Billy Ray and El Fisho Jr. and I were as happy as can be with the huge box of .38 Specials we lugged out to the firing line at the outdoor range. We had boxes of what turned out to be some of the nicest shooting (and very accurate and very clean ammo, I'll add) ammo for the .38 Special revolvers and so I took the opportunity for Billy Ray and El Fisho Jr. to learn the same practice techniques with revolvers that I were taught in the academy and later on several police shooting teams I shot with.

Earlier in the day, I had shot some AMAZING groups at fast double action and doing point and shoot drills with the Ruger Security Six. Unfortunately for me, after El Fisho Jr. discovered that the DA trigger on the Ruger Security Six was even nicer than his previous .38 Special favorite, the Smith and Wesson M67 Combat Masterpiece, he took over the Ruger for the rest of the revolver session and was doing double taps and the drill they taught me in the academy so many years ago: two in the chest and one in the head.

Friday, November 5, 2010


One day soon, I'll be talking to Grant about some custom work on a revolver. It might be a Colt Python, a S&W Model 22 of 1917, a S&W Model 13 3" barrel or a Colt New Service .45 ACP. Or maybe another gun, but really those are the ones I've narrowed it down to.

Grant Cunningham has a blog and a website and quite a reputation as a revolver gunsmith. Take some time to look around his site at the guns he's done. There are magazine articles out there as well featuring his work.

As for me, I'd like a nice trigger job, have the timing, etc checked all out and made right, as well as a dehorning and on the older Smith and Colt, some major front sight improvement. I've seen Grant's work both on his website and in magazines. Nice work.

Although I have a Model 22 of 1917, I've been begged and pleaded and convinced not to alter it. I'll post a link later linking to some earlier posts on the El Fishing Musician blog about this gun, it's history and how my regular gunsmith and gun dealer/finder nearly cried real tears when I told him I wanted the gun chopped to a snubby.

Real tears.

In any event, I could get a new or gently used new manufacture Model 22 of 1917 and the prices are not really bad. I assume any gunsmith would do the work then, since the newly made 22's of '17 have the safety lock deal on them. I've been looking out for Colt New Service guns for years, and the ones I've found have been rather beat. I know there are some good guns out there, it's just finding them, and I like to touch the actual gun before I buy it, so that rules out auction sites for the most part.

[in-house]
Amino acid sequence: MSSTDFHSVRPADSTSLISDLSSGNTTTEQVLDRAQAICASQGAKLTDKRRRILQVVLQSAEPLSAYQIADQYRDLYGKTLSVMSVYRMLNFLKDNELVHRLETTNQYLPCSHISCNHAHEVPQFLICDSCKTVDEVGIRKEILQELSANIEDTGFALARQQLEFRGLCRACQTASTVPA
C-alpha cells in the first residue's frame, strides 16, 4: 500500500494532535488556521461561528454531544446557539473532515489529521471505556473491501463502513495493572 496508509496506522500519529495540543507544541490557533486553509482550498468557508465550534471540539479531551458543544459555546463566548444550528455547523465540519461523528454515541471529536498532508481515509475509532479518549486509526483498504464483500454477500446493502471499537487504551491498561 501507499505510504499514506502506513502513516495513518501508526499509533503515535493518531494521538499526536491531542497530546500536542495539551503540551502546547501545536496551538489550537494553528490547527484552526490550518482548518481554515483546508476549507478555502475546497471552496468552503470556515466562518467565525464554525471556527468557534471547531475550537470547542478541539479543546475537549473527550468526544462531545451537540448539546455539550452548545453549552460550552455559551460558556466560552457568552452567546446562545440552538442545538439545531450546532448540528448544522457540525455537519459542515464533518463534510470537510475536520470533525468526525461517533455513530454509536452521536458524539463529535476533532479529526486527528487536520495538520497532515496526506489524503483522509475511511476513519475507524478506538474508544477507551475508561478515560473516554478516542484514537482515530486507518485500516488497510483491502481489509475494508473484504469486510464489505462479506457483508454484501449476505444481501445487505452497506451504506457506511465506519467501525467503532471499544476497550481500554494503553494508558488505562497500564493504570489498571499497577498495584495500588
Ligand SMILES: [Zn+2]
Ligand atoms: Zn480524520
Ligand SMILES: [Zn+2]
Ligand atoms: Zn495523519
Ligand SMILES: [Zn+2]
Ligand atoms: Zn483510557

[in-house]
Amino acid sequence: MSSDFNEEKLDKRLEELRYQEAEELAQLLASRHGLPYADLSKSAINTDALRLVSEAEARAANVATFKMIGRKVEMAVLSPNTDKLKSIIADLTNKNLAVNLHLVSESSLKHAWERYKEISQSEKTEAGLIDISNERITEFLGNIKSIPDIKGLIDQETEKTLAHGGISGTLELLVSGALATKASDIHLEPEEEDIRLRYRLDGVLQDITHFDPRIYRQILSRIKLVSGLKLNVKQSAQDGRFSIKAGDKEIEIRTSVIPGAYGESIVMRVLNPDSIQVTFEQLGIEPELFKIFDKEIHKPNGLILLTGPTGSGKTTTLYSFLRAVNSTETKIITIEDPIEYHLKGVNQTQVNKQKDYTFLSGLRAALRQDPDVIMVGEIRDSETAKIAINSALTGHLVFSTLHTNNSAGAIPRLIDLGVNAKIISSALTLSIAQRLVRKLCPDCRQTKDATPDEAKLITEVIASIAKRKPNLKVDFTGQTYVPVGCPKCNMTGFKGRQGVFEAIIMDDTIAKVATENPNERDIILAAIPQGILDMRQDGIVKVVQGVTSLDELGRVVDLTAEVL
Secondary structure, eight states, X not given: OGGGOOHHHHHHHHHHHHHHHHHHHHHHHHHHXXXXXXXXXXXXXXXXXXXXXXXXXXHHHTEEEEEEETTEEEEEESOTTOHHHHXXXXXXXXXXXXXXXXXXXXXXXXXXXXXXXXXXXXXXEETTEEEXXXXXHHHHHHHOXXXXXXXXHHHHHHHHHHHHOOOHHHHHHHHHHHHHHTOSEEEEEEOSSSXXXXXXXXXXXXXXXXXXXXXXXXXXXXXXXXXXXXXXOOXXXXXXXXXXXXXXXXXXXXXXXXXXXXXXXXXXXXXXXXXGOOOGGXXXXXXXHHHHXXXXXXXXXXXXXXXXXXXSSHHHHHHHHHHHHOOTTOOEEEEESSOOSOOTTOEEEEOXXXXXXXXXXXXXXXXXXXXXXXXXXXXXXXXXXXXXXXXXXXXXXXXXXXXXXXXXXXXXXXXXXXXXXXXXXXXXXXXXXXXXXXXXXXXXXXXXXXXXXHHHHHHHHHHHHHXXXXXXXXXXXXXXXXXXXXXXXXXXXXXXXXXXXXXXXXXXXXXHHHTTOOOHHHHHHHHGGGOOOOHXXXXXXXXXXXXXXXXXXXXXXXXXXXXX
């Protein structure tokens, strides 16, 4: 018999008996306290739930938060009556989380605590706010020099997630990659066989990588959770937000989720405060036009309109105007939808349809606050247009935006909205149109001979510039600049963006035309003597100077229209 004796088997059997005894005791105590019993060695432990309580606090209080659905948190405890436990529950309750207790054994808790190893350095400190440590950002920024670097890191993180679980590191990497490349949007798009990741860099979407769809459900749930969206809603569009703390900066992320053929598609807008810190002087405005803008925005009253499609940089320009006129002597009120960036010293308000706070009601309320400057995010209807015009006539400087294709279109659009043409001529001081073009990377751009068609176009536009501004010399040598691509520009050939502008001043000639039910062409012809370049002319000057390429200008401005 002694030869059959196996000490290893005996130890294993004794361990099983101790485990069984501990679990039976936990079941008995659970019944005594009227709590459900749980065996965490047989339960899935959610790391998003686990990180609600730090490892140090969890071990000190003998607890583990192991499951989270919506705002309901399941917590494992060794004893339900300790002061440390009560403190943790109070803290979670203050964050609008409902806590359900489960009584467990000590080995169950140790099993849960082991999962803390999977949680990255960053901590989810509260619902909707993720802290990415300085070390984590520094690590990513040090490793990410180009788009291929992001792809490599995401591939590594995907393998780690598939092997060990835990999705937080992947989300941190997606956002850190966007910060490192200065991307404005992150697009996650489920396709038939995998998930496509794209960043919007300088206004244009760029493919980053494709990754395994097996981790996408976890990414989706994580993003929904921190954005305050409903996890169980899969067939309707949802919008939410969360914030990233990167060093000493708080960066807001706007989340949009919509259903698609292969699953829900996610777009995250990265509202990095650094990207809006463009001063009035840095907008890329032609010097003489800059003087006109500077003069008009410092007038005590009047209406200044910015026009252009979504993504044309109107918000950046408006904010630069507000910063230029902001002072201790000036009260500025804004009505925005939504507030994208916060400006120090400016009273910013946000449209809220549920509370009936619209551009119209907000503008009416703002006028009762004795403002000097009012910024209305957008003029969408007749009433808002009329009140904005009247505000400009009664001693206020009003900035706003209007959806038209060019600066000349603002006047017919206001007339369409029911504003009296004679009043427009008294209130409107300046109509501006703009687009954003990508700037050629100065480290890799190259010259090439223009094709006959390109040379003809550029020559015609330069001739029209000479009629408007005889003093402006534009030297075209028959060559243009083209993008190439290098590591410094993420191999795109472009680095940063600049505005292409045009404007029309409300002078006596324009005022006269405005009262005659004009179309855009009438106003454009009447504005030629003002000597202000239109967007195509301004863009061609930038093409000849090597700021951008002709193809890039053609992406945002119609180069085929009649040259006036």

In any event, I'll continue to stew in the creative juices of what gun will end up getting modified for carry in the near future by Mr. Cunningham. By the time I bother him, I want a firm idea of what I want.


Saw a very nice blued 1958 Python that was damn near 100% if there ever was. Very nice gun with some kind of imitation ivory grips that had been scrimshawed to hell with some kinda design and some initials. I bet the gun would have looked good with the stock Walnut grips. Or some real Ivory grips.

He paid a high price for it and another Python, both of whom belonged to a well-known veteran Texas lawman who passed away and his kin sold his custom guns.

I say custom guns because the triggers were supposedly worked on by a legendary Texas gunsmith who knew Colt revolvers. He's long gone as well, but his name and work remain a near legend in terms of finding one of the guns he worked on for law officers in the latter part of the last century.

Remind me again why Colt doesn't make the Python anymore?

Tuesday, November 2, 2010



Quite unintentionally, Billy Ray and I have identical guns. Both gifts from our respective parents at different times, they are identical down to the orange front sight insert. Stainless Steel Model 67 Smith and Wesson adjustable sight Combat Masterpiece. Factory Wood grips, square butt. Wide combat hammer and trigger.

Yet contained on a Smith and Wesson K frame. Smaller than it's big brother, the Models 19/66, known as the Combat Magnum (.357 Magnum), the Model 67 easily shoots high power +P .38 Special loads. The easy upgrade to .357 magnum from the Model 67 is the Models 13/65, the .357 Magnum fixed sight version of the Model 10. Confused? Sorry.

The Model 10 Smith and Wesson was a continuation of the Military and Police, designed for expanding police forces nationwide. Such was the durability and reliability of the Model 10 that numerous large police departments like NYPD and LAPD (the Model 15, a 10 with adjustable sights) and tons of smaller departments nationwide from the 1950's until late into the 80's and early 90's when transition occurred to auto pistols in law enforcement.

So there are tons of these S&W guns out there used. Most with 4" barrels, but snubnoses do rarely appear. Our model 67 was produced sometime in the 80's probably, as I recall, and I've seen lots of them used over the years, for a low of $200 some 2o years ago to about $350-500 currently in excellent used condition.

So the Model 67, along with the Models 10, 15 and their brethren, the gun of the Air Force, and many police agencies across the nation including the Feds at times. A .38 Special all steel gun capable of firing high powered +P loads with no problems. It's a tad bit smaller, and thus easier to conceal in the 4" barrel version than many .357 Magnums, something that was of big consideration in older days.

This is one of the guns that writer and holster maker Chic Gaylord recommended as the ultimate combat handgun in his book, arguing that a 3" barrel is the least one should consider for a self defense revolver and 4" is optimal for even close range self defense. You can read about Chic here in other posts I've written. Great holster designer and I have to agree with many of his thoughts about defensive handguns.
If you like revolvers at all, buy a copy of Chic Gaylord's Handgunnners Guide. I got mine off ebay for cheap, and they're on Amazon, of course. Likewise, there is a revised edition I understand from Paladin Press.